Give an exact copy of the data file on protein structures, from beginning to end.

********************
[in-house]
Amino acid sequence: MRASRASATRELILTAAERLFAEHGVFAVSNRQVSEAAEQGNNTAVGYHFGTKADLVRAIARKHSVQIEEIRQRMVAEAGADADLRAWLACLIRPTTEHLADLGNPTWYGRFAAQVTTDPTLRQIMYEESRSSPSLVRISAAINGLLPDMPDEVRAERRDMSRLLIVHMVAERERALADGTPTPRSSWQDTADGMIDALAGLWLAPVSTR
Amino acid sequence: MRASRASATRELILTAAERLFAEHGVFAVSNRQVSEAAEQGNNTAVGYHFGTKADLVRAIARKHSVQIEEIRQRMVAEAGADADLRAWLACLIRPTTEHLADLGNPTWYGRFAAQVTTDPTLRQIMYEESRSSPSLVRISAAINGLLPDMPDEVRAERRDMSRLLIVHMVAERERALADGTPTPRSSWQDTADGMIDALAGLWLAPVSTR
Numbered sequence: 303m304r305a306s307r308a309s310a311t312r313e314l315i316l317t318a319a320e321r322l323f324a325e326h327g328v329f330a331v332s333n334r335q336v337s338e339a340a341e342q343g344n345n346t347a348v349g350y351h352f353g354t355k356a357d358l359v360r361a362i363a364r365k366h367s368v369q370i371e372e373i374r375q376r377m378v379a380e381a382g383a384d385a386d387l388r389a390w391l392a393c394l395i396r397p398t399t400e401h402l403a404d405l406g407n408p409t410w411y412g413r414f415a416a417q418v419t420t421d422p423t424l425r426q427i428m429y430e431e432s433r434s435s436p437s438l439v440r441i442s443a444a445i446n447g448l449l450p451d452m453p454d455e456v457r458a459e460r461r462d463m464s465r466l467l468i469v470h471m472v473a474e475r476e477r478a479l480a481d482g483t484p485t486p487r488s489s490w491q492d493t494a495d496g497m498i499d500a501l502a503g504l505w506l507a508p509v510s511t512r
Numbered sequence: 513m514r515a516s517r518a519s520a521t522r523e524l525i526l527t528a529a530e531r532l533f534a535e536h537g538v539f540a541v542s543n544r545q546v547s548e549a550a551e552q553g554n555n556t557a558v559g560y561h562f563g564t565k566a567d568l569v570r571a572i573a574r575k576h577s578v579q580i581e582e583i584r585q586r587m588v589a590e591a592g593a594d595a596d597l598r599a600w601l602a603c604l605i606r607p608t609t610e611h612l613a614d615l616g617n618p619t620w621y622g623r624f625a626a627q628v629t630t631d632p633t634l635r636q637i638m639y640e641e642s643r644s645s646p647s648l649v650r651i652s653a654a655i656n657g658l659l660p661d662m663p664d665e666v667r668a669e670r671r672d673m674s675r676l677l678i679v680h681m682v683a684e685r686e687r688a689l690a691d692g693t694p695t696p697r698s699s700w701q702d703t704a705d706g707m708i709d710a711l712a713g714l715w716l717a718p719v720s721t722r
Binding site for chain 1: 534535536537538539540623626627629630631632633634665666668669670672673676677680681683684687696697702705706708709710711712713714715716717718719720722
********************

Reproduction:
[in-house]
Amino acid sequence: MRASRASATRELILTAAERLFAEHGVFAVSNRQVSEAAEQGNNTAVGYHFGTKADLVRAIARKHSVQIEEIRQRMVAEAGADADLRAWLACLIRPTTEHLADLGNPTWYGRFAAQVTTDPTLRQIMYEESRSSPSLVRISAAINGLLPDMPDEVRAERRDMSRLLIVHMVAERERALADGTPTPRSSWQDTADGMIDALAGLWLAPVSTR
Amino acid sequence: MRASRASATRELILTAAERLFAEHGVFAVSNRQVSEAAEQGNNTAVGYHFGTKADLVRAIARKHSVQIEEIRQRMVAEAGADADLRAWLACLIRPTTEHLADLGNPTWYGRFAAQVTTDPTLRQIMYEESRSSPSLVRISAAINGLLPDMPDEVRAERRDMSRLLIVHMVAERERALADGTPTPRSSWQDTADGMIDALAGLWLAPVSTR
Numbered sequence: 303m304r305a306s307r308a309s310a311t312r313e314l315i316l317t318a319a320e321r322l323f324a325e326h327g328v329f330a331v332s333n334r335q336v337s338e339a340a341e342q343g344n345n346t347a348v349g350y351h352f353g354t355k356a357d358l359v360r361a362i363a364r365k366h367s368v369q370i371e372e373i374r375q376r377m378v379a380e381a382g383a384d385a386d387l388r389a390w391l392a393c394l395i396r397p398t399t400e401h402l403a404d405l406g407n408p409t410w411y412g413r414f415a416a417q418v419t420t421d422p423t424l425r426q427i428m429y430e431e432s433r434s435s436p437s438l439v440r441i442s443a444a445i446n447g448l449l450p451d452m453p454d455e456v457r458a459e460r461r462d463m464s465r466l467l468i469v470h471m472v473a474e475r476e477r478a479l480a481d482g483t484p485t486p487r488s489s490w491q492d493t494a495d496g497m498i499d500a501l502a503g504l505w506l507a508p509v510s511t512r
Numbered sequence: 513m514r515a516s517r518a519s520a521t522r523e524l525i526l527t528a529a530e531r532l533f534a535e536h537g538v539f540a541v542s543n544r545q546v547s548e549a550a551e552q553g554n555n556t557a558v559g560y561h562f563g564t565k566a567d568l569v570r571a572i573a574r575k576h577s578v579q580i581e582e583i584r585q586r587m588v589a590e591a592g593a594d595a596d597l598r599a600w601l602a603c604l605i606r607p608t609t610e611h612l613a614d615l616g617n618p619t620w621y622g623r624f625a626a627q628v629t630t631d632p633t634l635r636q637i638m639y640e641e642s643r644s645s646p647s648l649v650r651i652s653a654a655i656n657g658l659l660p661d662m663p664d665e666v667r668a669e670r671r672d673m674s675r676l677l678i679v680h681m682v683a684e685r686e687r688a689l690a691d692g693t694p695t696p697r698s699s700w701q702d703t704a705d706g707m708i709d710a711l712a713g714l715w716l717a718p719v720s721t722r
Binding site for chain 1: 534535536537538539540623626627629630631632633634665666668669670672673676677680681683684687696697702705706708709710711712713714715716717718719720722